Alibaba’s Jack Ma sells shares worth $ 8.2 billion, stakes drop to 4.8%: presentation

FILE PHOTO – Jack Ma, founder and CEO of China’s Alibaba Group, speaks in front of an image of SoftBank’s human robot called ‘pepper’ during a press conference in Chiba, Japan, June 18, 2015. REUTERS / Yuya Shino / Stock Image

SHANGHAI (Reuters) – Alibaba Group Holding Ltd co-founder Jack Ma reduced his stake in the company last year to 4.2% from 6.2%, charging around $ 8.2 billion in price current stock, the company’s annual presentation released on Friday. He showed.

The divestment comes when Ma retired as chief executive of the Chinese e-commerce company in September and retired his formal business duties to focus on philanthropy.

Alibaba did not disclose the average sale price of its divestment. Its share price has increased about 40% since Ma reported its 6.2% stake in the company a year ago.

The stock’s stellar performance has been buoyed by earnings growth that exceeds the forecast, even as China’s economy slows sharply as more people buy the essentials online due to the COVID-19 pandemic.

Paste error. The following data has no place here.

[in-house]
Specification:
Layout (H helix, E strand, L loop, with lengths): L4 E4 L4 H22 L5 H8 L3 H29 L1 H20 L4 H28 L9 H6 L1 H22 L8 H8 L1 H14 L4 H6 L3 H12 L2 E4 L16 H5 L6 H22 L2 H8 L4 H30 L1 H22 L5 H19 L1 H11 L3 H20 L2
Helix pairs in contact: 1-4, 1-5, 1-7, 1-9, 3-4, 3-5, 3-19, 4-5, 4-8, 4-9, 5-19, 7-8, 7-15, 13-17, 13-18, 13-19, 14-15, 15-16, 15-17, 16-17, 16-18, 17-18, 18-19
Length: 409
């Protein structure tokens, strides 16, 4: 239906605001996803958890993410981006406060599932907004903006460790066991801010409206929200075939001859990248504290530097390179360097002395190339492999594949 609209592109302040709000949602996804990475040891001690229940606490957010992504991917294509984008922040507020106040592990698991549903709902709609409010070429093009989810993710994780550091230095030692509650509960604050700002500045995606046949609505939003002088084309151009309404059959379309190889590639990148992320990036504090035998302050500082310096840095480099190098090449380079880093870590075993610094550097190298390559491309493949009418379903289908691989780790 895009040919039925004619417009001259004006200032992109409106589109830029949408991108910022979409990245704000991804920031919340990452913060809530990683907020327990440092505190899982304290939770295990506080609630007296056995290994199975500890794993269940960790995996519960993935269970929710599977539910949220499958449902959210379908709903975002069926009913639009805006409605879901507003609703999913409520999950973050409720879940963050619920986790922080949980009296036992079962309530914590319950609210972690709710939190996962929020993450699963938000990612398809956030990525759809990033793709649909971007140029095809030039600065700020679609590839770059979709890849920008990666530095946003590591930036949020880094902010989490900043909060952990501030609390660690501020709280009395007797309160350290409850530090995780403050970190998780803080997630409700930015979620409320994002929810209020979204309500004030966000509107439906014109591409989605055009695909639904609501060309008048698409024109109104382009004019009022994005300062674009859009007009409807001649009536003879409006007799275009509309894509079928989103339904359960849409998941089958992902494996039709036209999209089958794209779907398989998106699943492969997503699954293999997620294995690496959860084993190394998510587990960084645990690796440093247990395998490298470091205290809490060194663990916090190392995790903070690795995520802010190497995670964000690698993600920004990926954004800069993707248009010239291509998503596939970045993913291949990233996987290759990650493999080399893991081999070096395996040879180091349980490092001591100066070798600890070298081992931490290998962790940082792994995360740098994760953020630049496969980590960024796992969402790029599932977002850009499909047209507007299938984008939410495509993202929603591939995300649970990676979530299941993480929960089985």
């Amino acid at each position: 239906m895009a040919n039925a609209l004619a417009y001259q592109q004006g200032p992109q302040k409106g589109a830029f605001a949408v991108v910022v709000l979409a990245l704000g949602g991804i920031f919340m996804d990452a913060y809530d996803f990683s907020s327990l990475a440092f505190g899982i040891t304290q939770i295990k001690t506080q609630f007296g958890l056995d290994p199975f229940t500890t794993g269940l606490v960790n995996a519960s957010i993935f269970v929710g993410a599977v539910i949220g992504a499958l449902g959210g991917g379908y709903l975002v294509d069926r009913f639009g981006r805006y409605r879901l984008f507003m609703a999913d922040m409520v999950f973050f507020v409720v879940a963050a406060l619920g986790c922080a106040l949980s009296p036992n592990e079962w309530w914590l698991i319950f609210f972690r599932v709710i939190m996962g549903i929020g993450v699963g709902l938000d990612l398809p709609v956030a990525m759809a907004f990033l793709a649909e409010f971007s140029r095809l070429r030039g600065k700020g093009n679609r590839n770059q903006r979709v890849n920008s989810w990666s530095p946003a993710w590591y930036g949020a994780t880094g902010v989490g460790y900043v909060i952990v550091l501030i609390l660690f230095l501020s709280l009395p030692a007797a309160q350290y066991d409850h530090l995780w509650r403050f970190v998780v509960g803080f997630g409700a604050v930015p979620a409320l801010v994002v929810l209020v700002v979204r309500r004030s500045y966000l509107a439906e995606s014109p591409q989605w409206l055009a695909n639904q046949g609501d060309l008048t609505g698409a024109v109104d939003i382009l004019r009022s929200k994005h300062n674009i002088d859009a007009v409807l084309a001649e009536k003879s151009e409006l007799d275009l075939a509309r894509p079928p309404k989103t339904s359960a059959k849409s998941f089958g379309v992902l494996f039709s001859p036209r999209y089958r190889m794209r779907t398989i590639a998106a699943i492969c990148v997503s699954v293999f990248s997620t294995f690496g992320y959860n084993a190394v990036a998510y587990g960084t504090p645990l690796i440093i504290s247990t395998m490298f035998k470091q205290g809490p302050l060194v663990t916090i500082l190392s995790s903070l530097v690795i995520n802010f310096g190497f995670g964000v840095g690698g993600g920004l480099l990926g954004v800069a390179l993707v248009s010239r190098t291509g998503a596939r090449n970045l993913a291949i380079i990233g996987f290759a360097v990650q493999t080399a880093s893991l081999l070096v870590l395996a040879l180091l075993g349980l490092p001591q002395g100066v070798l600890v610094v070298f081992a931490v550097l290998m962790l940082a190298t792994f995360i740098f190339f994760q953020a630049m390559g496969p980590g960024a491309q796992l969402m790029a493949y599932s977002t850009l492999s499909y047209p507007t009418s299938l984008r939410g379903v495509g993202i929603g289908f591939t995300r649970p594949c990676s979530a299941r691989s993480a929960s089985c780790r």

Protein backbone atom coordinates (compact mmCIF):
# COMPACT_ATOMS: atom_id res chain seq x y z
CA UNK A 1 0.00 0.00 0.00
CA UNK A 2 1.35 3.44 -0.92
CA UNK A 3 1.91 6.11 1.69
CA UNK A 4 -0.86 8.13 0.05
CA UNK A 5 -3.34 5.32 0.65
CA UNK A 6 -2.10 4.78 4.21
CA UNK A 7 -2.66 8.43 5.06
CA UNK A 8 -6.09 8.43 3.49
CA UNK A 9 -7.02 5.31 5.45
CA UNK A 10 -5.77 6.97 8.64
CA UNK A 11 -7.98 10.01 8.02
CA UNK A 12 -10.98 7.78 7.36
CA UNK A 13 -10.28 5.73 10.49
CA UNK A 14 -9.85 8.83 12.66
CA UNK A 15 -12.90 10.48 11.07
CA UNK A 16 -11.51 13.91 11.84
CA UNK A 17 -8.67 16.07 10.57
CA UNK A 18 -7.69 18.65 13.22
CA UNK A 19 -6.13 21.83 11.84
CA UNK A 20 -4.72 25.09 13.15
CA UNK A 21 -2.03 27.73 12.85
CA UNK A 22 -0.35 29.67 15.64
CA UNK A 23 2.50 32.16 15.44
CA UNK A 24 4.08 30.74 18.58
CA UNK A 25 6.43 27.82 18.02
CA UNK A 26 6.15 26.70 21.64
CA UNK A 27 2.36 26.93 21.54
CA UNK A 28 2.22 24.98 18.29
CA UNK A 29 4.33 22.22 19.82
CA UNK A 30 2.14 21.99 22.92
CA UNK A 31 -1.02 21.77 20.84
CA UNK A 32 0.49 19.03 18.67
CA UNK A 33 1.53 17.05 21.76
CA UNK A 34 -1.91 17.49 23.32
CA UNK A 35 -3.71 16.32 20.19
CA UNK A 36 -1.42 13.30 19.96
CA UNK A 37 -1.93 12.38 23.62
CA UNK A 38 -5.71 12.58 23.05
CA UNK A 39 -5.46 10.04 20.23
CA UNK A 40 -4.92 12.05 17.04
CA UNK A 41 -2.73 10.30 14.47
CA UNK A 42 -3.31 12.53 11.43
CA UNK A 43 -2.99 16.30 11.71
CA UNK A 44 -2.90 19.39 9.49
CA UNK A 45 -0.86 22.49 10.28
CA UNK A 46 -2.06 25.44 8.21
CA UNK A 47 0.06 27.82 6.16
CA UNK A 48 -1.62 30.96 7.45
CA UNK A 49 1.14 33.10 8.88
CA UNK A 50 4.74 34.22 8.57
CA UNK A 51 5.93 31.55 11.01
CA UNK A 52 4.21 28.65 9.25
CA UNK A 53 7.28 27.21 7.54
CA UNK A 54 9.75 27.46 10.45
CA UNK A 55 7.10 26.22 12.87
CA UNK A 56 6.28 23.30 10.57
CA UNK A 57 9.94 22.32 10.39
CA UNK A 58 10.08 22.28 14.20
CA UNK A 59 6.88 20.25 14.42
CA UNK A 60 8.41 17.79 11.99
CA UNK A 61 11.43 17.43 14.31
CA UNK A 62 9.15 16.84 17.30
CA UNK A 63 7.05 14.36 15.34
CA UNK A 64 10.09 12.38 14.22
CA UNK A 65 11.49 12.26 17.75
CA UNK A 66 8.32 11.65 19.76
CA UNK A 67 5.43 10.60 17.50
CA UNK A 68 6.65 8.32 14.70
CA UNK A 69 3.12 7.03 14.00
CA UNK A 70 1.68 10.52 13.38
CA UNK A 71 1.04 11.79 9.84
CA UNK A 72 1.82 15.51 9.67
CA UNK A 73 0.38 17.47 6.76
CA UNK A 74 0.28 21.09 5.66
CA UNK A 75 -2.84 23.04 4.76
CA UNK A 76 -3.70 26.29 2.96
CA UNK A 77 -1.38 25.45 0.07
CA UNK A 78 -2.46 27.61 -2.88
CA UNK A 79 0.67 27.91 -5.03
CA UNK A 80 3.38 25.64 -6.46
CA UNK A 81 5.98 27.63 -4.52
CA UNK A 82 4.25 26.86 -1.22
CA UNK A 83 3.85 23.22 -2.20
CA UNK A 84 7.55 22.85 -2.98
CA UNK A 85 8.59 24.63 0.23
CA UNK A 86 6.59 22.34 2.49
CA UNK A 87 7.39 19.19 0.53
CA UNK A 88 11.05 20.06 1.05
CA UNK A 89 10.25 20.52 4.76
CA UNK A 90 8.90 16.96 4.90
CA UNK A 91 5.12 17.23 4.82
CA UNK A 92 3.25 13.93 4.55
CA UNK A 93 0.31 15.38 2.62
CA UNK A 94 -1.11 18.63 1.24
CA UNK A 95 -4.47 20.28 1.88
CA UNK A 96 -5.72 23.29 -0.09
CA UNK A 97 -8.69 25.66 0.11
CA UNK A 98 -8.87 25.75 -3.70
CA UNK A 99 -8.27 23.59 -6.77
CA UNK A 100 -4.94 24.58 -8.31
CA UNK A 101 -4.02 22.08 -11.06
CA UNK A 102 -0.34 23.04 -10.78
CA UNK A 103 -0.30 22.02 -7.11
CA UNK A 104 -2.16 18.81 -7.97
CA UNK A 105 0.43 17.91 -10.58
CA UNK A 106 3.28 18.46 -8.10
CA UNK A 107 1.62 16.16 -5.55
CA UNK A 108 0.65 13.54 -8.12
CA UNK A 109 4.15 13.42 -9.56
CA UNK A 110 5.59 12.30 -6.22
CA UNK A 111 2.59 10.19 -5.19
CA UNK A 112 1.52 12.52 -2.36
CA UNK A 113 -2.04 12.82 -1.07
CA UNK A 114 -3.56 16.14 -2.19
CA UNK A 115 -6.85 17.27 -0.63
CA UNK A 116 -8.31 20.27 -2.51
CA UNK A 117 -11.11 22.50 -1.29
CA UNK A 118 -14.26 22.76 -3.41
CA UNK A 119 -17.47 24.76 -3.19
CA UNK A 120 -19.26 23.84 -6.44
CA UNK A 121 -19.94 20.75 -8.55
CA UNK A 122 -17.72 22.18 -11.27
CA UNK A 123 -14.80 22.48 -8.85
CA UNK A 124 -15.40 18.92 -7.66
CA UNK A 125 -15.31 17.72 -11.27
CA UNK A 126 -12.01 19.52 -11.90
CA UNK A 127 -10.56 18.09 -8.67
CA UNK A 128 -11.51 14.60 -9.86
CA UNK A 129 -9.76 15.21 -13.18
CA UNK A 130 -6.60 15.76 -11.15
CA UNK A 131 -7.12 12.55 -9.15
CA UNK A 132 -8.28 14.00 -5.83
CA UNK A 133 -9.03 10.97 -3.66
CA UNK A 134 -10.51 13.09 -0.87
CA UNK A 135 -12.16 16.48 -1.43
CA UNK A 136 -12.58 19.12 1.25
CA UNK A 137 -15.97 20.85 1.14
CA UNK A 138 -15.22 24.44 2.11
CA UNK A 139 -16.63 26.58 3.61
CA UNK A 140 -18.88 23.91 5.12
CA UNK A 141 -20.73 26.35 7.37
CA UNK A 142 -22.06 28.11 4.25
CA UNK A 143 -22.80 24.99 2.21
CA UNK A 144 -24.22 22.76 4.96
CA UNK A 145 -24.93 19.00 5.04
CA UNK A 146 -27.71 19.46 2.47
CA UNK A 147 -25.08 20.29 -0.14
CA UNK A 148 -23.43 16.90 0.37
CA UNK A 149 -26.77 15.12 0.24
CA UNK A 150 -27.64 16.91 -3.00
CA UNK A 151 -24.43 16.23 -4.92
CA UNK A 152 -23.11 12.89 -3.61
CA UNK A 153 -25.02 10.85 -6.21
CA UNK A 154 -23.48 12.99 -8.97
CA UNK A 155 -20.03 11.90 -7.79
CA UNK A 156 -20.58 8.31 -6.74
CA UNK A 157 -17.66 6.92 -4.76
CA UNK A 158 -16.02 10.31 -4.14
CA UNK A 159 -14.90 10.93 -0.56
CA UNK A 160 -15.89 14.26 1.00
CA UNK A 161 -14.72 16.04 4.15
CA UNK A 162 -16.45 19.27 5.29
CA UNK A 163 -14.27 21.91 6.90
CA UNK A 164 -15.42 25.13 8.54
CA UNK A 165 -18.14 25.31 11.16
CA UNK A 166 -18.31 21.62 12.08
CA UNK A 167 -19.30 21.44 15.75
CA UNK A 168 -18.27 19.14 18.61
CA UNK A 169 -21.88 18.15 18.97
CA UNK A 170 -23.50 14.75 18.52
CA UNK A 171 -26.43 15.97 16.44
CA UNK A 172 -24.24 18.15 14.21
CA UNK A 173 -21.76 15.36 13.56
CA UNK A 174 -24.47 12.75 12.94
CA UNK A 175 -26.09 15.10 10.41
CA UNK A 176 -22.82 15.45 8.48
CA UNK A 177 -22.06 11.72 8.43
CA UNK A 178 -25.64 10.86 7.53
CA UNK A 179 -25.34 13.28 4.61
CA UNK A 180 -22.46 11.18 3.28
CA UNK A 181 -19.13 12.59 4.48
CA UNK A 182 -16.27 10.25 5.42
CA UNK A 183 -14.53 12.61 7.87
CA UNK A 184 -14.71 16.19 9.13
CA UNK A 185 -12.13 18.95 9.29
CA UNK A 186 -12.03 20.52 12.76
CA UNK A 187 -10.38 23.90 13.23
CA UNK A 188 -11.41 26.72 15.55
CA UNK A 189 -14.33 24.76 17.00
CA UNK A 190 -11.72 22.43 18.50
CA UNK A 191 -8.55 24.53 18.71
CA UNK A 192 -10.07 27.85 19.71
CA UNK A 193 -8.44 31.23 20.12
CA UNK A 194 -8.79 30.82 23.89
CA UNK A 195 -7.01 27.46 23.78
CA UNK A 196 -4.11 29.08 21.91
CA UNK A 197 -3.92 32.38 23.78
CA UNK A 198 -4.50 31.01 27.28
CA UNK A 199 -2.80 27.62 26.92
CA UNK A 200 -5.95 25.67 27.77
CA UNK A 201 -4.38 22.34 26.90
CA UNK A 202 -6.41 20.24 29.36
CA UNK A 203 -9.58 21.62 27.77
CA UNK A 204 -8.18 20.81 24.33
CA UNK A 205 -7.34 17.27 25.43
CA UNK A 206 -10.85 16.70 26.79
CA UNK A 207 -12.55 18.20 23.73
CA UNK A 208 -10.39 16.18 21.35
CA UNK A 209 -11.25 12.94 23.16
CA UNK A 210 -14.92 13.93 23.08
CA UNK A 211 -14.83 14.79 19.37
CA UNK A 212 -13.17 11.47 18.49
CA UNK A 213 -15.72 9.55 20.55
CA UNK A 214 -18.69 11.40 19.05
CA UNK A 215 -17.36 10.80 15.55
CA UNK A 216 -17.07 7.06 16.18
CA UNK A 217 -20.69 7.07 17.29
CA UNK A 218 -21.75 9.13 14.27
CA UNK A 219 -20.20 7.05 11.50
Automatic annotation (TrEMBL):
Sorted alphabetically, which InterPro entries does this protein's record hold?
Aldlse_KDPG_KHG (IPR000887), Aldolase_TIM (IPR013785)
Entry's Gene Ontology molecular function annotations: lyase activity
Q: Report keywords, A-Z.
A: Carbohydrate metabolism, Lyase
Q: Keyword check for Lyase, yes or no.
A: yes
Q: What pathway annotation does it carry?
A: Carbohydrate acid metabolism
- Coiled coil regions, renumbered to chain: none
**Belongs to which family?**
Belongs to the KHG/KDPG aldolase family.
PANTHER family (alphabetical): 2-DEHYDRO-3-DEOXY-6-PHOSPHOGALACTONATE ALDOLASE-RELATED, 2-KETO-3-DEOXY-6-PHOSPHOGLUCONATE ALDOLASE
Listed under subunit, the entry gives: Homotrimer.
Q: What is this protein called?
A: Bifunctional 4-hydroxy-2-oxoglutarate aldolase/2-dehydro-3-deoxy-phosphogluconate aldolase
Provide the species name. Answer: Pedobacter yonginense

Alibaba executive vice president Joseph Tsai also reduced his stake in the company during the same period, from 1.6% to 1.6%. The downloaded shares were worth $ 3.3 billion as of Friday.

Both Ma and Tsai have been consistently less involved in Alibaba’s regular operations since Daniel Zhang was announced as Ma’s successor as company president. He formally assumed that role in September 2019.

Throughout this year, the two have donated millions of units of Personal Protective Equipment (PPE) through their individual charity arms to hospitals around the world to help combat the spread of COVID-19.

An April 2019 filing with the US Securities and Exchange Commission stated that Ma would plan to sell up to 21 million shares within a year to support her philanthropic efforts.

(This story corrects the sale of Jack Ma shares to $ 8.2 billion, his original stake to 6.2%, the sale of Tsai to $ 3.3 billion and his original stake to 2.2%.)

Reports from Josh Horwitz; Miyoung Kim and Christopher Cushing Edition

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